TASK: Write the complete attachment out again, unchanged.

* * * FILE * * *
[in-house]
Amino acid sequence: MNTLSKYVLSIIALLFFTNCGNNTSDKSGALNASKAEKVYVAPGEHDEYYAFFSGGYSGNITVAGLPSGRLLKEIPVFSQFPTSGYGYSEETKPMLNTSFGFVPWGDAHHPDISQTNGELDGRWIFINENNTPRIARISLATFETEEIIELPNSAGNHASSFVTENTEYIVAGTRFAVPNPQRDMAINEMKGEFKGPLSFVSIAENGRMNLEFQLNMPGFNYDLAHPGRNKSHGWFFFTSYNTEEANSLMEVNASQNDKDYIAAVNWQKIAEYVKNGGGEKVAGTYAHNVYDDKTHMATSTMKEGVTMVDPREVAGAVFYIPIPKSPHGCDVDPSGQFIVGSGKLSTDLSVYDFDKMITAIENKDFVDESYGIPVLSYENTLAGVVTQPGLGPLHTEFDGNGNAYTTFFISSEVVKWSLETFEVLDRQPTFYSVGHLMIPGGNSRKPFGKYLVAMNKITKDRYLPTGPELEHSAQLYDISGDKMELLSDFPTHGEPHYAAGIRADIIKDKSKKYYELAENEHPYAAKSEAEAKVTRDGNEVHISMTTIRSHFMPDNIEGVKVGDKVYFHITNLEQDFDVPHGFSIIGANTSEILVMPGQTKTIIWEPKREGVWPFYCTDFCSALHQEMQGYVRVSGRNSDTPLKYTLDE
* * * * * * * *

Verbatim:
[in-house]
Amino acid sequence: MNTLSKYVLSIIALLFFTNCGNNTSDKSGALNASKAEKVYVAPGEHDEYYAFFSGGYSGNITVAGLPSGRLLKEIPVFSQFPTSGYGYSEETKPMLNTSFGFVPWGDAHHPDISQTNGELDGRWIFINENNTPRIARISLATFETEEIIELPNSAGNHASSFVTENTEYIVAGTRFAVPNPQRDMAINEMKGEFKGPLSFVSIAENGRMNLEFQLNMPGFNYDLAHPGRNKSHGWFFFTSYNTEEANSLMEVNASQNDKDYIAAVNWQKIAEYVKNGGGEKVAGTYAHNVYDDKTHMATSTMKEGVTMVDPREVAGAVFYIPIPKSPHGCDVDPSGQFIVGSGKLSTDLSVYDFDKMITAIENKDFVDESYGIPVLSYENTLAGVVTQPGLGPLHTEFDGNGNAYTTFFISSEVVKWSLETFEVLDRQPTFYSVGHLMIPGGNSRKPFGKYLVAMNKITKDRYLPTGPELEHSAQLYDISGDKMELLSDFPTHGEPHYAAGIRADIIKDKSKKYYELAENEHPYAAKSEAEAKVTRDGNEVHISMTTIRSHFMPDNIEGVKVGDKVYFHITNLEQDFDVPHGFSIIGANTSEILVMPGQTKTIIWEPKREGVWPFYCTDFCSALHQEMQGYVRVSGRNSDTPLKYTLDE